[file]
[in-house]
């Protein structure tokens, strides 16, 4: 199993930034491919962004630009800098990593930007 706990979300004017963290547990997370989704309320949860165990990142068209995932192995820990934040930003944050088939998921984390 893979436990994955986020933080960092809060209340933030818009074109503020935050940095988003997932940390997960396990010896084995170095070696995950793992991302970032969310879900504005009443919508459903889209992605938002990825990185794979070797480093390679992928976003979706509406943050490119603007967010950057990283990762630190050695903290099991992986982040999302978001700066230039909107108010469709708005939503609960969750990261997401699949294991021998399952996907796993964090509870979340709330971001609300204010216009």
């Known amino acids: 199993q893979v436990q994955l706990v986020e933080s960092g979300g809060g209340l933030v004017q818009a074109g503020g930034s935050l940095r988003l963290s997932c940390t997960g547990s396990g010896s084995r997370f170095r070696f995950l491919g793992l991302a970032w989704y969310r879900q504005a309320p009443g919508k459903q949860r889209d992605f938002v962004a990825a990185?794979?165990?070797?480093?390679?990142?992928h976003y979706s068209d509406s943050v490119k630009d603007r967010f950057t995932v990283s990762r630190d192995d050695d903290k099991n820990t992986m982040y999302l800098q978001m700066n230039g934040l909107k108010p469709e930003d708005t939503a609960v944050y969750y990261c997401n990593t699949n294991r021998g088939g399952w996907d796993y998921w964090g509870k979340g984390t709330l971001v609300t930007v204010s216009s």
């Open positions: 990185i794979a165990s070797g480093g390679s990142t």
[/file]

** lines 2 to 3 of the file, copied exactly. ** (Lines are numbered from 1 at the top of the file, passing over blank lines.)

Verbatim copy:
């Protein structure tokens, strides 16, 4: 199993930034491919962004630009800098990593930007 706990979300004017963290547990997370989704309320949860165990990142068209995932192995820990934040930003944050088939998921984390 893979436990994955986020933080960092809060209340933030818009074109503020935050940095988003997932940390997960396990010896084995170095070696995950793992991302970032969310879900504005009443919508459903889209992605938002990825990185794979070797480093390679992928976003979706509406943050490119603007967010950057990283990762630190050695903290099991992986982040999302978001700066230039909107108010469709708005939503609960969750990261997401699949294991021998399952996907796993964090509870979340709330971001609300204010216009």
């Known amino acids: 199993q893979v436990q994955l706990v986020e933080s960092g979300g809060g209340l933030v004017q818009a074109g503020g930034s935050l940095r988003l963290s997932c940390t997960g547990s396990g010896s084995r997370f170095r070696f995950l491919g793992l991302a970032w989704y969310r879900q504005a309320p009443g919508k459903q949860r889209d992605f938002v962004a990825a990185?794979?165990?070797?480093?390679?990142?992928h976003y979706s068209d509406s943050v490119k630009d603007r967010f950057t995932v990283s990762r630190d192995d050695d903290k099991n820990t992986m982040y999302l800098q978001m700066n230039g934040l909107k108010p469709e930003d708005t939503a609960v944050y969750y990261c997401n990593t699949n294991r021998g088939g399952w996907d796993y998921w964090g509870k979340g984390t709330l971001v609300t930007v204010s216009s």